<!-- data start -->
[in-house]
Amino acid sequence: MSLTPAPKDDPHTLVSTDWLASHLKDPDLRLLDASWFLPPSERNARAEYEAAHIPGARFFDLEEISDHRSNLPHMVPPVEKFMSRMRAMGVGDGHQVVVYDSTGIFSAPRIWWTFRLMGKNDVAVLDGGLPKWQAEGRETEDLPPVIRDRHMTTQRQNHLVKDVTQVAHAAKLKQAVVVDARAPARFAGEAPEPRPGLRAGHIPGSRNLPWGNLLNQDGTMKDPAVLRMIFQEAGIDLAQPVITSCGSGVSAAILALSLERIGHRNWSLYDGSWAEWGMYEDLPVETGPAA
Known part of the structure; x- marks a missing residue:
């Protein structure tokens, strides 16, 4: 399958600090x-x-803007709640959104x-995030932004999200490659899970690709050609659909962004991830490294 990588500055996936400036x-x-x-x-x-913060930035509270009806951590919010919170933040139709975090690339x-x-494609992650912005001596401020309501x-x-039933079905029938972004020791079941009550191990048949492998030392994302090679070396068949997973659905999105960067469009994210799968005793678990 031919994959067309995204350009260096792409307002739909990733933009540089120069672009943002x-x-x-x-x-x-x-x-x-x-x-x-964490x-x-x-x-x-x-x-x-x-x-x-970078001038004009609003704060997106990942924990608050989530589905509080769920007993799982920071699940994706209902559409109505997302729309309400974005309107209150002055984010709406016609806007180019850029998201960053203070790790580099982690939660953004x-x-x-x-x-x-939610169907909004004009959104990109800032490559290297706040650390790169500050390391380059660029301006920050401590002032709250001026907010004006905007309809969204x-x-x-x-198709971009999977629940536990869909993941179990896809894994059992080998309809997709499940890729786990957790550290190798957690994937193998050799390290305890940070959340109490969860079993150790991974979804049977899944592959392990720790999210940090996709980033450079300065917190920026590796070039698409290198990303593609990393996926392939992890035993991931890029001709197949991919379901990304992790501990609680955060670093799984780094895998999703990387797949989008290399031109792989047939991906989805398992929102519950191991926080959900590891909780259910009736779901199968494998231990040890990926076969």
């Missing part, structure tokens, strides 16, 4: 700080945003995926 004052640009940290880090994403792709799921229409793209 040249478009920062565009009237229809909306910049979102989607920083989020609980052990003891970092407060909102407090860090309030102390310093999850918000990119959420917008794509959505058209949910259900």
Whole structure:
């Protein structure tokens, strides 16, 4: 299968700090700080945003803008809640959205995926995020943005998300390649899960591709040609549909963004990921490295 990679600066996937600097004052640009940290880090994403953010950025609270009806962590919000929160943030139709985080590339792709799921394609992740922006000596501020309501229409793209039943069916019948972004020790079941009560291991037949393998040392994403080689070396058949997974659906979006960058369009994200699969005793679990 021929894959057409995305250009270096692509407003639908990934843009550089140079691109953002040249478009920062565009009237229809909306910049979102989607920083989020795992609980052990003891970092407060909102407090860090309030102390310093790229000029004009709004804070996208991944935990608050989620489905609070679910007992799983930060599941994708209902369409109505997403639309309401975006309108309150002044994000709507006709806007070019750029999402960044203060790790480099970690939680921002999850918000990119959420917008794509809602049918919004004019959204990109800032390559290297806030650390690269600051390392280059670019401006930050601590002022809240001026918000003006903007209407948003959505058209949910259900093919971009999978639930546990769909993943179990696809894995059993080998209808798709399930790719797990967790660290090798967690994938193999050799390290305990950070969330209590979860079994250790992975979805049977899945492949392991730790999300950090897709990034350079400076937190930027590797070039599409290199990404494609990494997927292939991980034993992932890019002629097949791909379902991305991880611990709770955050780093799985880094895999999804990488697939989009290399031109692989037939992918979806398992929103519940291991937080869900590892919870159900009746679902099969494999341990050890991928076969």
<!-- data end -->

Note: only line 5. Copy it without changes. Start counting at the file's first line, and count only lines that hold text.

């Missing part, structure tokens, strides 16, 4: 700080945003995926 004052640009940290880090994403792709799921229409793209 040249478009920062565009009237229809909306910049979102989607920083989020609980052990003891970092407060909102407090860090309030102390310093999850918000990119959420917008794509959505058209949910259900």